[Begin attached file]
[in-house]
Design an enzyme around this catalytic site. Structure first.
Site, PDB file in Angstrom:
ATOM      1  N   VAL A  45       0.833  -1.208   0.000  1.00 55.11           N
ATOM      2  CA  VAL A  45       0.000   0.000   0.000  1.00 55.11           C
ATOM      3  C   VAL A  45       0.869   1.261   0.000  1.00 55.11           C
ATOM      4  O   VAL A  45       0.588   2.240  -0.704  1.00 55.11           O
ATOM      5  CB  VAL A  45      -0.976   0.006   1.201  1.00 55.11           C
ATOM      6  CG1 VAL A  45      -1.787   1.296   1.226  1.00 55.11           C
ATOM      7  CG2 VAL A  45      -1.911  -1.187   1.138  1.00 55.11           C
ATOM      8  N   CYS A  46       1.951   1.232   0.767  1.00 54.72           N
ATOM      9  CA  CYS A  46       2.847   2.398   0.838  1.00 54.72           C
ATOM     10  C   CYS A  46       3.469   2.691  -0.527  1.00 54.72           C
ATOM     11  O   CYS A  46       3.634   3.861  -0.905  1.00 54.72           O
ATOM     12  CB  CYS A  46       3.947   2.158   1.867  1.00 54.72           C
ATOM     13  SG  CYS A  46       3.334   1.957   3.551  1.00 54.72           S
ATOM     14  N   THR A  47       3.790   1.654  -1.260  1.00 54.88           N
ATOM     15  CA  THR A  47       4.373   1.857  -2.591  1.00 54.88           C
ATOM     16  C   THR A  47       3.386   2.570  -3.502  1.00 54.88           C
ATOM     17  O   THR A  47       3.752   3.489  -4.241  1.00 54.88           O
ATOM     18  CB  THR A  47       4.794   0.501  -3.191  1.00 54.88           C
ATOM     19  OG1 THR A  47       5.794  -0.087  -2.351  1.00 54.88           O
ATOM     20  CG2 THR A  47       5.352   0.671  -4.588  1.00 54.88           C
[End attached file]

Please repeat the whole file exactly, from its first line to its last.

[in-house]
Design an enzyme around this catalytic site. Structure first.
Site, PDB file in Angstrom:
ATOM      1  N   VAL A  45       0.833  -1.208   0.000  1.00 55.11           N
ATOM      2  CA  VAL A  45       0.000   0.000   0.000  1.00 55.11           C
ATOM      3  C   VAL A  45       0.869   1.261   0.000  1.00 55.11           C
ATOM      4  O   VAL A  45       0.588   2.240  -0.704  1.00 55.11           O
ATOM      5  CB  VAL A  45      -0.976   0.006   1.201  1.00 55.11           C
ATOM      6  CG1 VAL A  45      -1.787   1.296   1.226  1.00 55.11           C
ATOM      7  CG2 VAL A  45      -1.911  -1.187   1.138  1.00 55.11           C
ATOM      8  N   CYS A  46       1.951   1.232   0.767  1.00 54.72           N
ATOM      9  CA  CYS A  46       2.847   2.398   0.838  1.00 54.72           C
ATOM     10  C   CYS A  46       3.469   2.691  -0.527  1.00 54.72           C
ATOM     11  O   CYS A  46       3.634   3.861  -0.905  1.00 54.72           O
ATOM     12  CB  CYS A  46       3.947   2.158   1.867  1.00 54.72           C
ATOM     13  SG  CYS A  46       3.334   1.957   3.551  1.00 54.72           S
ATOM     14  N   THR A  47       3.790   1.654  -1.260  1.00 54.88           N
ATOM     15  CA  THR A  47       4.373   1.857  -2.591  1.00 54.88           C
ATOM     16  C   THR A  47       3.386   2.570  -3.502  1.00 54.88           C
ATOM     17  O   THR A  47       3.752   3.489  -4.241  1.00 54.88           O
ATOM     18  CB  THR A  47       4.794   0.501  -3.191  1.00 54.88           C
ATOM     19  OG1 THR A  47       5.794  -0.087  -2.351  1.00 54.88           O
ATOM     20  CG2 THR A  47       5.352   0.671  -4.588  1.00 54.88           C